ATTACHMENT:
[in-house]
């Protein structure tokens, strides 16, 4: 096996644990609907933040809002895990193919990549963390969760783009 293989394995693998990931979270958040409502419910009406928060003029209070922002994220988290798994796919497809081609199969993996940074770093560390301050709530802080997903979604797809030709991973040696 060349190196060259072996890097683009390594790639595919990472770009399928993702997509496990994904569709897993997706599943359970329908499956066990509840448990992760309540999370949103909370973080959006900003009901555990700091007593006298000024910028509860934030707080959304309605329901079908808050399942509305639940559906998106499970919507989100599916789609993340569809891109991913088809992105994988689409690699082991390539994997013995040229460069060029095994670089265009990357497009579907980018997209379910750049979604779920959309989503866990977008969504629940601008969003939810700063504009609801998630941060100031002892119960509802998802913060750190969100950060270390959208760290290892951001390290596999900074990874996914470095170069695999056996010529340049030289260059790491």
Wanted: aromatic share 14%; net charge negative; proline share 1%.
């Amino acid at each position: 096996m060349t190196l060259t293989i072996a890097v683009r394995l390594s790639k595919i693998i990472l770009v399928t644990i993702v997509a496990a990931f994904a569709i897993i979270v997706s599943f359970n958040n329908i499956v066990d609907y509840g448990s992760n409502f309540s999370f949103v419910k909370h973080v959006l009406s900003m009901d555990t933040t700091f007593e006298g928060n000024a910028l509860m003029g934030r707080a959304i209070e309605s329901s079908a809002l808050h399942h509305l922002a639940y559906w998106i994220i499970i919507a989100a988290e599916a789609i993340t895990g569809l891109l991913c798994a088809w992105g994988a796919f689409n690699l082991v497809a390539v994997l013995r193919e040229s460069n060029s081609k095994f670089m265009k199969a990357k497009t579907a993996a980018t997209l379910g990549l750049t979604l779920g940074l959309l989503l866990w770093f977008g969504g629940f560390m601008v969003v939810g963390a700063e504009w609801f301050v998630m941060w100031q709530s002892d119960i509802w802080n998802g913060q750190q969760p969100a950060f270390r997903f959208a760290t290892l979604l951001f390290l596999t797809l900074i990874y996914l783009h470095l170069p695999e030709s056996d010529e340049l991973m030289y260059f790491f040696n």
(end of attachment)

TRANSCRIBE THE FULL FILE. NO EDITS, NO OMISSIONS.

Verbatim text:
[in-house]
């Protein structure tokens, strides 16, 4: 096996644990609907933040809002895990193919990549963390969760783009 293989394995693998990931979270958040409502419910009406928060003029209070922002994220988290798994796919497809081609199969993996940074770093560390301050709530802080997903979604797809030709991973040696 060349190196060259072996890097683009390594790639595919990472770009399928993702997509496990994904569709897993997706599943359970329908499956066990509840448990992760309540999370949103909370973080959006900003009901555990700091007593006298000024910028509860934030707080959304309605329901079908808050399942509305639940559906998106499970919507989100599916789609993340569809891109991913088809992105994988689409690699082991390539994997013995040229460069060029095994670089265009990357497009579907980018997209379910750049979604779920959309989503866990977008969504629940601008969003939810700063504009609801998630941060100031002892119960509802998802913060750190969100950060270390959208760290290892951001390290596999900074990874996914470095170069695999056996010529340049030289260059790491």
Wanted: aromatic share 14%; net charge negative; proline share 1%.
């Amino acid at each position: 096996m060349t190196l060259t293989i072996a890097v683009r394995l390594s790639k595919i693998i990472l770009v399928t644990i993702v997509a496990a990931f994904a569709i897993i979270v997706s599943f359970n958040n329908i499956v066990d609907y509840g448990s992760n409502f309540s999370f949103v419910k909370h973080v959006l009406s900003m009901d555990t933040t700091f007593e006298g928060n000024a910028l509860m003029g934030r707080a959304i209070e309605s329901s079908a809002l808050h399942h509305l922002a639940y559906w998106i994220i499970i919507a989100a988290e599916a789609i993340t895990g569809l891109l991913c798994a088809w992105g994988a796919f689409n690699l082991v497809a390539v994997l013995r193919e040229s460069n060029s081609k095994f670089m265009k199969a990357k497009t579907a993996a980018t997209l379910g990549l750049t979604l779920g940074l959309l989503l866990w770093f977008g969504g629940f560390m601008v969003v939810g963390a700063e504009w609801f301050v998630m941060w100031q709530s002892d119960i509802w802080n998802g913060q750190q969760p969100a950060f270390r997903f959208a760290t290892l979604l951001f390290l596999t797809l900074i990874y996914l783009h470095l170069p695999e030709s056996d010529e340049l991973m030289y260059f790491f040696n």